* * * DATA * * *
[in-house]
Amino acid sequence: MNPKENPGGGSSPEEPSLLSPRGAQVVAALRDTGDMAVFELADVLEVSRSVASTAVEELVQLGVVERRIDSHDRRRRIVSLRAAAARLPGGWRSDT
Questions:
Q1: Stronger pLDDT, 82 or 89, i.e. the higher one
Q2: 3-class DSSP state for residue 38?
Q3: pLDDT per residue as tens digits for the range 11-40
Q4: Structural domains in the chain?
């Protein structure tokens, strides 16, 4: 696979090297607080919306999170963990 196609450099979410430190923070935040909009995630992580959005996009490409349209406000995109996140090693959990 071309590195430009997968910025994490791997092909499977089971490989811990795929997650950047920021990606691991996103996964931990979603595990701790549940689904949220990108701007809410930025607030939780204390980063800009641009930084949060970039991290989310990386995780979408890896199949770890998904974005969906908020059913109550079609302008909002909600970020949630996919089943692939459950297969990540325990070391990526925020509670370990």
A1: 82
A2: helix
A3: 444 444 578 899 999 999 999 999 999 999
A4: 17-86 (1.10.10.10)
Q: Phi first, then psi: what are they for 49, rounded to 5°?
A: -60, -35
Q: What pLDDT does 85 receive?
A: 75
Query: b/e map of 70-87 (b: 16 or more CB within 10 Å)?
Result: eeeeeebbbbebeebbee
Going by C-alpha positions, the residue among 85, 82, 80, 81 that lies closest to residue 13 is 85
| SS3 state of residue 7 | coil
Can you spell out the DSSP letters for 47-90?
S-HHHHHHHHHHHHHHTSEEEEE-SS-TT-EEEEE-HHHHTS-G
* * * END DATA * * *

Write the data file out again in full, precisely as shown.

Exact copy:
[in-house]
Amino acid sequence: MNPKENPGGGSSPEEPSLLSPRGAQVVAALRDTGDMAVFELADVLEVSRSVASTAVEELVQLGVVERRIDSHDRRRRIVSLRAAAARLPGGWRSDT
Questions:
Q1: Stronger pLDDT, 82 or 89, i.e. the higher one
Q2: 3-class DSSP state for residue 38?
Q3: pLDDT per residue as tens digits for the range 11-40
Q4: Structural domains in the chain?
């Protein structure tokens, strides 16, 4: 696979090297607080919306999170963990 196609450099979410430190923070935040909009995630992580959005996009490409349209406000995109996140090693959990 071309590195430009997968910025994490791997092909499977089971490989811990795929997650950047920021990606691991996103996964931990979603595990701790549940689904949220990108701007809410930025607030939780204390980063800009641009930084949060970039991290989310990386995780979408890896199949770890998904974005969906908020059913109550079609302008909002909600970020949630996919089943692939459950297969990540325990070391990526925020509670370990």
A1: 82
A2: helix
A3: 444 444 578 899 999 999 999 999 999 999
A4: 17-86 (1.10.10.10)
Q: Phi first, then psi: what are they for 49, rounded to 5°?
A: -60, -35
Q: What pLDDT does 85 receive?
A: 75
Query: b/e map of 70-87 (b: 16 or more CB within 10 Å)?
Result: eeeeeebbbbebeebbee
Going by C-alpha positions, the residue among 85, 82, 80, 81 that lies closest to residue 13 is 85
| SS3 state of residue 7 | coil
Can you spell out the DSSP letters for 47-90?
S-HHHHHHHHHHHHHHTSEEEEE-SS-TT-EEEEE-HHHHTS-G